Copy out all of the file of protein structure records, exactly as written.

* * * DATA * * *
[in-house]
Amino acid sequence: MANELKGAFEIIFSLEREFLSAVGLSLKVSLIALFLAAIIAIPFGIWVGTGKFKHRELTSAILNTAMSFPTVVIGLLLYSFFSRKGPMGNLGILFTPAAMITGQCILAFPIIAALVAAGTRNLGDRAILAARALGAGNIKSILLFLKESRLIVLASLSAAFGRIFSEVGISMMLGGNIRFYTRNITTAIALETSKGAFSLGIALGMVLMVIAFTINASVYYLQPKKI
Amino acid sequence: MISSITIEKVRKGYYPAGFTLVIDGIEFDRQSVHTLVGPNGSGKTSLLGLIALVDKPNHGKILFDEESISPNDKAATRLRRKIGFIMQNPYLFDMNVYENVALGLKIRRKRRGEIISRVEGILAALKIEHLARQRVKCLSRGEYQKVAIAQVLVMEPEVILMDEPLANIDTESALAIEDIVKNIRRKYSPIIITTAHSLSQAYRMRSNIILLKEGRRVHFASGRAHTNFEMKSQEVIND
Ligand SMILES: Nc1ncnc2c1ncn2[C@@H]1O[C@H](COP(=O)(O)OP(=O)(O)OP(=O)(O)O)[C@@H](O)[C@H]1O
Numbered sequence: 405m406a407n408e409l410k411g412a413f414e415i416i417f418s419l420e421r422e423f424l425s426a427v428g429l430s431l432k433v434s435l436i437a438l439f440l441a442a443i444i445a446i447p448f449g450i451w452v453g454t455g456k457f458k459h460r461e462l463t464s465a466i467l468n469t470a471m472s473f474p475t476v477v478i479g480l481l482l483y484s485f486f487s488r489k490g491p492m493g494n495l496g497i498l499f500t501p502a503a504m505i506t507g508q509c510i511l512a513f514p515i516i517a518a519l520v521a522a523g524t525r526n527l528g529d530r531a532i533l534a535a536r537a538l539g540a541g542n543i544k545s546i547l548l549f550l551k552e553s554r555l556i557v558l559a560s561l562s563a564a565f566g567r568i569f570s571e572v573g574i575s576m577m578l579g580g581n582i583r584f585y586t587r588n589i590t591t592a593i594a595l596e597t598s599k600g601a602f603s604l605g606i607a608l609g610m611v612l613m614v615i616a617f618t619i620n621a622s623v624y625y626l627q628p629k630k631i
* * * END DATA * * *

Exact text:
[in-house]
Amino acid sequence: MANELKGAFEIIFSLEREFLSAVGLSLKVSLIALFLAAIIAIPFGIWVGTGKFKHRELTSAILNTAMSFPTVVIGLLLYSFFSRKGPMGNLGILFTPAAMITGQCILAFPIIAALVAAGTRNLGDRAILAARALGAGNIKSILLFLKESRLIVLASLSAAFGRIFSEVGISMMLGGNIRFYTRNITTAIALETSKGAFSLGIALGMVLMVIAFTINASVYYLQPKKI
Amino acid sequence: MISSITIEKVRKGYYPAGFTLVIDGIEFDRQSVHTLVGPNGSGKTSLLGLIALVDKPNHGKILFDEESISPNDKAATRLRRKIGFIMQNPYLFDMNVYENVALGLKIRRKRRGEIISRVEGILAALKIEHLARQRVKCLSRGEYQKVAIAQVLVMEPEVILMDEPLANIDTESALAIEDIVKNIRRKYSPIIITTAHSLSQAYRMRSNIILLKEGRRVHFASGRAHTNFEMKSQEVIND
Ligand SMILES: Nc1ncnc2c1ncn2[C@@H]1O[C@H](COP(=O)(O)OP(=O)(O)OP(=O)(O)O)[C@@H](O)[C@H]1O
Numbered sequence: 405m406a407n408e409l410k411g412a413f414e415i416i417f418s419l420e421r422e423f424l425s426a427v428g429l430s431l432k433v434s435l436i437a438l439f440l441a442a443i444i445a446i447p448f449g450i451w452v453g454t455g456k457f458k459h460r461e462l463t464s465a466i467l468n469t470a471m472s473f474p475t476v477v478i479g480l481l482l483y484s485f486f487s488r489k490g491p492m493g494n495l496g497i498l499f500t501p502a503a504m505i506t507g508q509c510i511l512a513f514p515i516i517a518a519l520v521a522a523g524t525r526n527l528g529d530r531a532i533l534a535a536r537a538l539g540a541g542n543i544k545s546i547l548l549f550l551k552e553s554r555l556i557v558l559a560s561l562s563a564a565f566g567r568i569f570s571e572v573g574i575s576m577m578l579g580g581n582i583r584f585y586t587r588n589i590t591t592a593i594a595l596e597t598s599k600g601a602f603s604l605g606i607a608l609g610m611v612l613m614v615i616a617f618t619i620n621a622s623v624y625y626l627q628p629k630k631i